Are You a People-Pleaser? This Is How You Quit

Sacha Strebe
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Christian Vierig/Contributor

Has saying yes become a bad habit? If you’re not sure, then ask yourself how you feel when you say it. Do you feel good, or are you gritting your teeth and cursing on the inside for not saying no? The difference here is crucial. Either you’re saying yes out of the goodness of your heart because you really want to help, or you’re doing it because you want everyone around you to be happy (even at your own expense).

If it’s the latter, then you fit into the people-pleaser category. Don’t worry—you’re not alone. As a working mom, I know all about putting everyone else’s interests before my own. It’s a habitual ritual that I’m more than ready to ditch. Why? It’s ruining my health and happiness. But in all honesty, it’s almost become an addiction. It feels good to be needed, but more importantly, I worry how others will view me if I say no. That disappointment is a heavy burden to bear.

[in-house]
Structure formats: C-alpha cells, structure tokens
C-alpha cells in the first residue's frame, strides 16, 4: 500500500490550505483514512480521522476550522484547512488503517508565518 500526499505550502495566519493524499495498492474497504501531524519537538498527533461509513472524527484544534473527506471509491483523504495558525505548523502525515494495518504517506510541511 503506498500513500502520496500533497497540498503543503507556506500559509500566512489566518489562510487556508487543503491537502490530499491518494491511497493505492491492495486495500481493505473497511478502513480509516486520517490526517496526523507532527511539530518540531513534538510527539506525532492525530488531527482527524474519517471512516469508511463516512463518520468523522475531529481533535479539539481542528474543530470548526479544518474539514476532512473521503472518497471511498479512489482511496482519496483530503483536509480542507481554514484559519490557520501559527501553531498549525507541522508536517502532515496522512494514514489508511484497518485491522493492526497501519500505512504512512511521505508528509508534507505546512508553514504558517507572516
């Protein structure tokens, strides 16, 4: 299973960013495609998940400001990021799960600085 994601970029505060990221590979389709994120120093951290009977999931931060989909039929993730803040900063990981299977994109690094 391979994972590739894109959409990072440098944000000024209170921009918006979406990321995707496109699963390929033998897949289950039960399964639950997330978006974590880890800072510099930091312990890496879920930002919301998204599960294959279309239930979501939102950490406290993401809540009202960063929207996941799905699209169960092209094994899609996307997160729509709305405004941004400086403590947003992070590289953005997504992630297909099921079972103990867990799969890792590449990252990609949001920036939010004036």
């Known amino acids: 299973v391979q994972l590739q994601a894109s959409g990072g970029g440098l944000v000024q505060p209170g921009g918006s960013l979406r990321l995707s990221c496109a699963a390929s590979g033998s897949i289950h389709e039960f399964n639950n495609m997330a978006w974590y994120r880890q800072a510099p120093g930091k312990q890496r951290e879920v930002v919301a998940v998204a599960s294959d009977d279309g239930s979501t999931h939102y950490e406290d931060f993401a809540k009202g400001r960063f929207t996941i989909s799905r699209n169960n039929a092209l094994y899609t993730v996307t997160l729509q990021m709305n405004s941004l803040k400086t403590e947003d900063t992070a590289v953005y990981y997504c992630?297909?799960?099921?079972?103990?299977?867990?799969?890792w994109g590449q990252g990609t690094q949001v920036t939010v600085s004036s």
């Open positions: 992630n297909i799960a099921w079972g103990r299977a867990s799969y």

But here’s the thing: You’ll actually earn more respect when you politely decline. It seems counterintuitive, but it’s the truth. According to Susan Newman, Ph.D., a New Jersey–based social psychologist and author of The Book of No, “You can make yourself sick from doing too much.” She told PsychCentral, “In the worst case scenario, you’ll wake up and find yourself depressed, because you’re on such overload,” she said. You can’t do it all, so here are simple ways you can quit today or start trying.

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